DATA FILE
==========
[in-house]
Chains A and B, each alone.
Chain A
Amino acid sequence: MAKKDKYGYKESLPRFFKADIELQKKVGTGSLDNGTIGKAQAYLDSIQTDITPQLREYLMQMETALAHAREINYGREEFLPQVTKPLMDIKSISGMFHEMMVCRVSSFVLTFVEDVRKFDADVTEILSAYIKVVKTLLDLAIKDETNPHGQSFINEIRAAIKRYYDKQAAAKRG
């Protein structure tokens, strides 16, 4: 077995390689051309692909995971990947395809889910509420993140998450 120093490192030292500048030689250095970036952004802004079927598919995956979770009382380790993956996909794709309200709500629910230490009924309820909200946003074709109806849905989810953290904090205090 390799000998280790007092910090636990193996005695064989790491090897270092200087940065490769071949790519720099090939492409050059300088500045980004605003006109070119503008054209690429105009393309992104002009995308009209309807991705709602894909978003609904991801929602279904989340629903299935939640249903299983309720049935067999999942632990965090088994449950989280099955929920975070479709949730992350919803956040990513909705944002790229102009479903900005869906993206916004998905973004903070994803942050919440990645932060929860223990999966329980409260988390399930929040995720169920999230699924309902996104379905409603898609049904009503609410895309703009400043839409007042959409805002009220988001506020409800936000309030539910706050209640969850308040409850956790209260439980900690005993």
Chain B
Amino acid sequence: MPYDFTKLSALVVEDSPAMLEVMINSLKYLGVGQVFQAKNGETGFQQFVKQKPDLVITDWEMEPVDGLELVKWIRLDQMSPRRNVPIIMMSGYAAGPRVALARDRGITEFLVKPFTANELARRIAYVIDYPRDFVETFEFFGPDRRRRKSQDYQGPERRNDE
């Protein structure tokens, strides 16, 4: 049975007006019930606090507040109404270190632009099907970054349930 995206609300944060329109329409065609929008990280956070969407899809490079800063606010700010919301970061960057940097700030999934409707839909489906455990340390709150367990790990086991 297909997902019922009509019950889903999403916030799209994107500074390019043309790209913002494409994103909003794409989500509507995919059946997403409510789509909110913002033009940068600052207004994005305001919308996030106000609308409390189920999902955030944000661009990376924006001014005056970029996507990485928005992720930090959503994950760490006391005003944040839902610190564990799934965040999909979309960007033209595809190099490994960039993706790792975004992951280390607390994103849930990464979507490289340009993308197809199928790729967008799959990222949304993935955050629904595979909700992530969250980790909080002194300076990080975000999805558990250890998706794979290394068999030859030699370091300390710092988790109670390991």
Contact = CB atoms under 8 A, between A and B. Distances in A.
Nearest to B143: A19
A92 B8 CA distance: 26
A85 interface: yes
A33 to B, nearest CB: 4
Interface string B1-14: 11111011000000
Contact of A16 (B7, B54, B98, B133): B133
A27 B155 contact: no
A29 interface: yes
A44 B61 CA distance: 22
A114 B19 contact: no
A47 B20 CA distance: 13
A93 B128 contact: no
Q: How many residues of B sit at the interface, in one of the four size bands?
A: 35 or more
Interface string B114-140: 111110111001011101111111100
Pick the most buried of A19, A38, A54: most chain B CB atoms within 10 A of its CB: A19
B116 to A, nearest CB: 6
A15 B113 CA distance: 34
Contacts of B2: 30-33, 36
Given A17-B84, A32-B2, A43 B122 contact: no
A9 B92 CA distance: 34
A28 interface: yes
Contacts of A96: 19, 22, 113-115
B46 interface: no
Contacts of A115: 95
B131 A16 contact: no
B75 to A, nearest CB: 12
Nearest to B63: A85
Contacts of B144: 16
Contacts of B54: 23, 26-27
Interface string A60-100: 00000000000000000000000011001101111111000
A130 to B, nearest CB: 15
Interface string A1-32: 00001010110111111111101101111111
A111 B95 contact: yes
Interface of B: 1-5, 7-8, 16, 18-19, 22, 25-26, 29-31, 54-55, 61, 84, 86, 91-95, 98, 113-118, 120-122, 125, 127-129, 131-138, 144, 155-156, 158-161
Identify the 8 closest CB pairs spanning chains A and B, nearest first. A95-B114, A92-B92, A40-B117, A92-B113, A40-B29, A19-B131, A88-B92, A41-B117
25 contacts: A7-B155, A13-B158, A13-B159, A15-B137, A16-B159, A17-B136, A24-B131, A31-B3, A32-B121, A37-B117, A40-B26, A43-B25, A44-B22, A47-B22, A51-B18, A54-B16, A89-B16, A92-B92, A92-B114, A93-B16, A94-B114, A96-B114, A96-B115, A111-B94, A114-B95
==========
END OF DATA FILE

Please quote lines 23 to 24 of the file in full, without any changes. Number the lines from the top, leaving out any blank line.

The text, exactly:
A: 35 or more
Interface string B114-140: 111110111001011101111111100